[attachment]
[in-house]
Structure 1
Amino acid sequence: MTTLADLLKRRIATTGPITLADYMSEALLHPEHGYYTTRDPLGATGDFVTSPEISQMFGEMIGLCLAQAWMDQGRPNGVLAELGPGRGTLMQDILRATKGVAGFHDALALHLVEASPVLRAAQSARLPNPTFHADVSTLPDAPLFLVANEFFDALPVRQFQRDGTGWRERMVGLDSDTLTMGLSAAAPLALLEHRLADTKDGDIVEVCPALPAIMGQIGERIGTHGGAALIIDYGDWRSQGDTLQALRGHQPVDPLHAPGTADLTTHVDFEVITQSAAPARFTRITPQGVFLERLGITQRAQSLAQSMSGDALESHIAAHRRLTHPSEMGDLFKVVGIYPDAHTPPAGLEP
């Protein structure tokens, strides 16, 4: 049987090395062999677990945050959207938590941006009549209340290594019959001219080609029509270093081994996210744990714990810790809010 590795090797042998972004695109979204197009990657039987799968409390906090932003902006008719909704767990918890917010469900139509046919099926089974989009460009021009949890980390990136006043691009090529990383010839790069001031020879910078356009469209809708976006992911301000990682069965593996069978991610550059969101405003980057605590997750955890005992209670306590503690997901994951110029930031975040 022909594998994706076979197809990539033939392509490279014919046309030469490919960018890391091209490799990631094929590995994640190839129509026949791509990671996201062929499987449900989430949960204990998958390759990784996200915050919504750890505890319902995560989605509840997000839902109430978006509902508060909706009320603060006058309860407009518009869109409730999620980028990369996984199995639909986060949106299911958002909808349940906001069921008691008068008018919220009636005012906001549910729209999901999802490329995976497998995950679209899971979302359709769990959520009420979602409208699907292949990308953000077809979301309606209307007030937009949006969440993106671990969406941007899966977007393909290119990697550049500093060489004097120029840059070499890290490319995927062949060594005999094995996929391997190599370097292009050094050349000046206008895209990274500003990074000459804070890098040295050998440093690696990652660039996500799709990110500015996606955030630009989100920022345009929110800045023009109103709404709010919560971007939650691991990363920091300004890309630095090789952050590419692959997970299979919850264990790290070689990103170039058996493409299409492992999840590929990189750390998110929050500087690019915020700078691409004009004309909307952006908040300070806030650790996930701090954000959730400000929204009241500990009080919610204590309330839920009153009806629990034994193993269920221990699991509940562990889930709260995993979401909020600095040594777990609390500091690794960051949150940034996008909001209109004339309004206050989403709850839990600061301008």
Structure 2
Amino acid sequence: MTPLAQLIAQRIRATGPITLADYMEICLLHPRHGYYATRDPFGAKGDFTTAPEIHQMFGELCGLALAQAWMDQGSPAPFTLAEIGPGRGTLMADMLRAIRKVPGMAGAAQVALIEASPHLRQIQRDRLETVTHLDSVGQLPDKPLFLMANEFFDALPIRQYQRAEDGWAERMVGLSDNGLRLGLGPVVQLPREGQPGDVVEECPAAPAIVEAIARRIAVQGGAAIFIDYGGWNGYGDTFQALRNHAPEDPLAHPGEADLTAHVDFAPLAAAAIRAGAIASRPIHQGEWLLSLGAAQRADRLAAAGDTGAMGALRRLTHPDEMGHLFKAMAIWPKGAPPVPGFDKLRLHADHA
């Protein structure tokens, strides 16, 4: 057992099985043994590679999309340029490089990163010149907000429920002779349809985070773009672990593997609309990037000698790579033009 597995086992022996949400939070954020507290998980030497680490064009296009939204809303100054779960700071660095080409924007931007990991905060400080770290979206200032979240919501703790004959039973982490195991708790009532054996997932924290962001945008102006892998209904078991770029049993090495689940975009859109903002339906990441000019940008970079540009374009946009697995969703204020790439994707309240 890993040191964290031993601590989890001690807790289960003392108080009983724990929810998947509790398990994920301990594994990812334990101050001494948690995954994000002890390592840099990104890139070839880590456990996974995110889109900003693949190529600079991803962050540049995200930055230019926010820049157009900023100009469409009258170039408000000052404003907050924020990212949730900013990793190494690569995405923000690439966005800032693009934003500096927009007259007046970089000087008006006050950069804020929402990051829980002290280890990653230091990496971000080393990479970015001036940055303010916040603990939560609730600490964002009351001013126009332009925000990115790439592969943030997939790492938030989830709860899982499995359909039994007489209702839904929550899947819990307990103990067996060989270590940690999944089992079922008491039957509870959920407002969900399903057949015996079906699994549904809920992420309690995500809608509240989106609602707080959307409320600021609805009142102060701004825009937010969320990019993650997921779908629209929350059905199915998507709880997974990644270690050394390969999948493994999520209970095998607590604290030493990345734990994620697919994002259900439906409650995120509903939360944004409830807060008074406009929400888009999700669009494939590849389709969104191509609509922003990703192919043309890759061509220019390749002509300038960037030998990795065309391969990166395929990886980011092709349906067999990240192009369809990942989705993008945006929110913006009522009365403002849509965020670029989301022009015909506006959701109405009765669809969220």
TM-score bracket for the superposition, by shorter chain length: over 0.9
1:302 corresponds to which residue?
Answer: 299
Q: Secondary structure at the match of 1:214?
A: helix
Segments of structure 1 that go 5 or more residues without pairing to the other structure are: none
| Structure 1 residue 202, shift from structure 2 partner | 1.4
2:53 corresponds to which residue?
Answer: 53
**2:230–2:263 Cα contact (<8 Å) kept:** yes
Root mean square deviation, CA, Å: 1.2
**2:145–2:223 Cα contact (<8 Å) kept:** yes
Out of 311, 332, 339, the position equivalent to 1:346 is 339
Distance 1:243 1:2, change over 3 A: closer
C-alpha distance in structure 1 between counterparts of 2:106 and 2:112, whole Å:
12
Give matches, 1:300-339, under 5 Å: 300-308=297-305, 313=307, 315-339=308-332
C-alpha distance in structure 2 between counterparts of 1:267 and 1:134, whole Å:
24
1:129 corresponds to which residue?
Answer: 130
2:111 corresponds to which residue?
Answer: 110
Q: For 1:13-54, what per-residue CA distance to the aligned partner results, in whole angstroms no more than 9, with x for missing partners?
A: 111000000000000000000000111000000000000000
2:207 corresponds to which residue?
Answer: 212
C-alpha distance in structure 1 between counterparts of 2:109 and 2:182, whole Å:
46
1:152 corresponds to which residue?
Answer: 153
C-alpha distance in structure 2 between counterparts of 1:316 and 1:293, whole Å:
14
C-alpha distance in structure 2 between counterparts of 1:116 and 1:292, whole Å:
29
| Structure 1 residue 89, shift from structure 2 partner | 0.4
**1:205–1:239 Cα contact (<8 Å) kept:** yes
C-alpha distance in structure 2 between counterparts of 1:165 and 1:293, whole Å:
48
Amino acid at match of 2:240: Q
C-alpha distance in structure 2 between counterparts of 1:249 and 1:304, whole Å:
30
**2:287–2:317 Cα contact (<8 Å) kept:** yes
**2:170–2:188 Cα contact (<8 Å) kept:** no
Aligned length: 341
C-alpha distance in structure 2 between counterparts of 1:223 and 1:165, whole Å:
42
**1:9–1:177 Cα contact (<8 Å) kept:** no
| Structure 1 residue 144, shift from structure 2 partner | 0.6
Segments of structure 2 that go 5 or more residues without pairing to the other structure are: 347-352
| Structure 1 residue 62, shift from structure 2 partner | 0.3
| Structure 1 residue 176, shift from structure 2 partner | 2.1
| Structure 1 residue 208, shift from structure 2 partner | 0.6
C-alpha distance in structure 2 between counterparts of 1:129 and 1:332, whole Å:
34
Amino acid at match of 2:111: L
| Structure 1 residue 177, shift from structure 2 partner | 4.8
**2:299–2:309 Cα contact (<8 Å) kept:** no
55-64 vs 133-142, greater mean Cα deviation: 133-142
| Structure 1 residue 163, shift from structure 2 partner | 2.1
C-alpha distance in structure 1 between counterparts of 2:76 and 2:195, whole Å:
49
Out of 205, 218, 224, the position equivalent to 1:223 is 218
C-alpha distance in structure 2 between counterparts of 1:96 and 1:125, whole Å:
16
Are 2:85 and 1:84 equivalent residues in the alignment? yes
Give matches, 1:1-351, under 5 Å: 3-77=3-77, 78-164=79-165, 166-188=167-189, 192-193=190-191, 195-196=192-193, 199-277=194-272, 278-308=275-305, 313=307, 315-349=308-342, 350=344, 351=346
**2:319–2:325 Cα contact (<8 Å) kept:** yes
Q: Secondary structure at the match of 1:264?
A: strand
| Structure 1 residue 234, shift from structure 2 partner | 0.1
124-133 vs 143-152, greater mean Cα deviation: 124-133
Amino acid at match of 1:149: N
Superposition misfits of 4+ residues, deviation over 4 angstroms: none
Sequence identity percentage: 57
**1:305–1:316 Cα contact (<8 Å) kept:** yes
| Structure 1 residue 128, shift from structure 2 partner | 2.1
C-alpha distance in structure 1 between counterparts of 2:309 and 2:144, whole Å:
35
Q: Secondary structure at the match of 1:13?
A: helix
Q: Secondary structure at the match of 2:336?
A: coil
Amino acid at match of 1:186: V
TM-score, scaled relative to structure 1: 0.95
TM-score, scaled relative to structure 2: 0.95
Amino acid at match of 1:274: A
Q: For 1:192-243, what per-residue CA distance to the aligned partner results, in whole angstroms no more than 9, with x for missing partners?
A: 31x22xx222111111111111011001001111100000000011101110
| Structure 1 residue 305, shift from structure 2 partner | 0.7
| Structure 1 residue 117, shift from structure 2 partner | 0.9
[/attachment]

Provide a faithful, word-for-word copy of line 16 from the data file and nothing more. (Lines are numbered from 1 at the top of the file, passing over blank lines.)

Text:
Answer: 53